Erin Spiers has worked in places most people try to avoid. Her clients range from those who are completely normal to the criminally insane.
Erin Spiers has worked in places most people try to avoid.
Her clients range from those who are completely normal to the criminally insane.
In her first job after graduating from Arizona State University in 1992, Spiers, a Scottsdale resident, was a caseworker to the mentally ill in Maricopa County.
She later worked as an intern in the psychiatric ward at Charity Hospital in New Orleans, facilitating therapy groups for committed patients.
As a psychologist for the Texas Department of Criminal Justice Huntsville prison, Spiers would cross a prison yard in Huntsville, Texas to get to her office inside the prison, and once was held hostage there by an inmate wielding two knives.
Spiers is a forensic psychologist, and has become a national expert in the field over the last 15 years. It’s a profession that applies psychological knowledge to the crime-solving process within the criminal justice system.
Despite a darker side to the profession — often those in the field are called upon to conduct psychological evaluations of murderers, rapists, various other offenders and victims — Spiers said there never has been a time she has wanted to change careers.
“A lot of people say those who go into the mental health field are crazy themselves,” she said. “I would say there is some truth to that ...”
“It is my passion,” Spiers said of her career. “It is a powerful responsibility that can’t be taken lightly. There are inherent dangers in the job — when you get in trouble is when you forget that.”
In addition to working behind the scenes of local criminal investigations, Spiers also has played a key role on renown forensic teams, which evaluated incidents that impacted the nation: The Columbine High School massacre and the Kobe Bryant rape case.
She also was part of a task force and played a minor role in helping the Phoenix Police Department investigative leads in the Baseline Killer case linked to Mark Goudeau.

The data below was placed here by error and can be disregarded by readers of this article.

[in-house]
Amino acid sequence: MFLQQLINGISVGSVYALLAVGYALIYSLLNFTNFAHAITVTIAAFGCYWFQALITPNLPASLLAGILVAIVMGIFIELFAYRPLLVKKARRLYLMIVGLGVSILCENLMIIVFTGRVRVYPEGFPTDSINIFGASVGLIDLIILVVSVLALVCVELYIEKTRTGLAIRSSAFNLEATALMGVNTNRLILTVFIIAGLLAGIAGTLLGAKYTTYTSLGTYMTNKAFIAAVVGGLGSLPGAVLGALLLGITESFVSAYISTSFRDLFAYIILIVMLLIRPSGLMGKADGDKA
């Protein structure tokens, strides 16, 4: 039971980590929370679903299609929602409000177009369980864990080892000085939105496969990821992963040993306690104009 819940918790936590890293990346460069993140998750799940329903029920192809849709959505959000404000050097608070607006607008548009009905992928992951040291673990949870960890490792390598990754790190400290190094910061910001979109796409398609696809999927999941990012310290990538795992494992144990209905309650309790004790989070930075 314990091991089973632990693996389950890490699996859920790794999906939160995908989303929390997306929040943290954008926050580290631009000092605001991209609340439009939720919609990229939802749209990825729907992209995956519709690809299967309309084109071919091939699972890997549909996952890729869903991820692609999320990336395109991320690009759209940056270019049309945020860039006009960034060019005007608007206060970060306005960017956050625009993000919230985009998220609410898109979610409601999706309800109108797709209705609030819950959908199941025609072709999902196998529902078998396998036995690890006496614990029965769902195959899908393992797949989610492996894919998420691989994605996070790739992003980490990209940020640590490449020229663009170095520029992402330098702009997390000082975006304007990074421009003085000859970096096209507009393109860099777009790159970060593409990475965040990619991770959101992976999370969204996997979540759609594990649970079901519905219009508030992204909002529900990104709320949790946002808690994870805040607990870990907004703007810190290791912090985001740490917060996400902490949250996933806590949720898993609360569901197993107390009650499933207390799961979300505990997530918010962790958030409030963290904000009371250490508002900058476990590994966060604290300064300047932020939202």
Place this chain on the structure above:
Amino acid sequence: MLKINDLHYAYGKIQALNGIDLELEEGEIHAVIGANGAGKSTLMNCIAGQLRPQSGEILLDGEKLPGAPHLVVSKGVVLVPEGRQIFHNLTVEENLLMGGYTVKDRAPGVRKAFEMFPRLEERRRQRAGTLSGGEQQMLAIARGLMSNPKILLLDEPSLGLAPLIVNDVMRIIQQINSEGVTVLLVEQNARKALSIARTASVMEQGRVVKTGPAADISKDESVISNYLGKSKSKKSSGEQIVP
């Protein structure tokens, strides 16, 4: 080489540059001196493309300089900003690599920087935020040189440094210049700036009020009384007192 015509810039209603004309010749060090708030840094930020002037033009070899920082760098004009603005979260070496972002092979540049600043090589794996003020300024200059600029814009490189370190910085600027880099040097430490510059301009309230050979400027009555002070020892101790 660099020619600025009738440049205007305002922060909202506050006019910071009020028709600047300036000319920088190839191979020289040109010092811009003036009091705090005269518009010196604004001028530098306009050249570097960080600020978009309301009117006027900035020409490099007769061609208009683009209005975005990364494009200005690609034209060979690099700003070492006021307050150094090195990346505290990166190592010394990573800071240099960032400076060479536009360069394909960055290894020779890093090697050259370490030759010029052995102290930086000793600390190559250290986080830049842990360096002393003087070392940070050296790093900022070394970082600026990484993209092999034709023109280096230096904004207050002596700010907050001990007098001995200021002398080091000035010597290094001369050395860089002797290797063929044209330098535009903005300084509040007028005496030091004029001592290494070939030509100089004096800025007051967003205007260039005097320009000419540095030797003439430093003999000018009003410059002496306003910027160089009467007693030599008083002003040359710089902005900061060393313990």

“Every case leaves it mark, some more than others,” Spiers said. “You’re dealing with people who are going through a life-changing or major event in their lives.”
Spiers, who holds a bachelor’s and two master’s degrees, as well as a doctorate in psychology, works for Steven Pitt and Associates in Scottsdale, a company that has worked on many local and national cases, including the JonBenet Ramsey case.
For Pitt’s firm, Spiers works as a consultant for the Phoenix Police Department’s homicide unit, lawyers defending their clients and prosecutors pushing to put offenders behind bars.
Spiers is quick to say she is not an advocate for the outcome of the defense or prosecution.
“Independence is the hallmark of my job,” Spiers said. “My role demands the integrity to say, ‘I can’t do that,’ or ‘I can’t say that.’ No matter how strongly you feel, you have to remain independent. I have to be able to look in the mirror and know that my opinion would be the same no matter what side hired me.”
Spiers also operates a small clinical practice, and is involved in civil litigation cases such as evaluating a victim’s emotional harm. For example, she testifies to the degree a victim in a domestic violence case was emotionally damaged, or the emotional state of someone who was wrongly terminated.
Transforming from an era when a forensic psychologist was considered a hindrance or a quack to a criminal investigation, the playing field has changed.
Forensic psychologists now often work side-by-side with seasoned detectives to evaluate one’s mental state leading up to, and in the aftermath, of a crime.
Jack Ballentine, who retired from the Phoenix Police Department after 30 years, the last eight of which were spent in the homicide unit, has worked with Spiers and said he supports working with forensic psychologists.
“For police officers learning how to become investigators, forensic psychologists can help give them another avenue of questioning through interviewing techniques and personality traits, so things aren’t just black and white,” said Ballentine, who now is the director of the Phoenix Fire Department’s Investigations Unit.
Spiers said in order to deal with some of the material she has to review as part of her job such as looking through homicide photos, she compartmentalizes and shuts down her emotions, but not completely.
Her eyes teared up and she shook her head when she talked about a woman she firmly believes should not have been sent to prison who was present when a man was murdered during a drug deal about two years ago.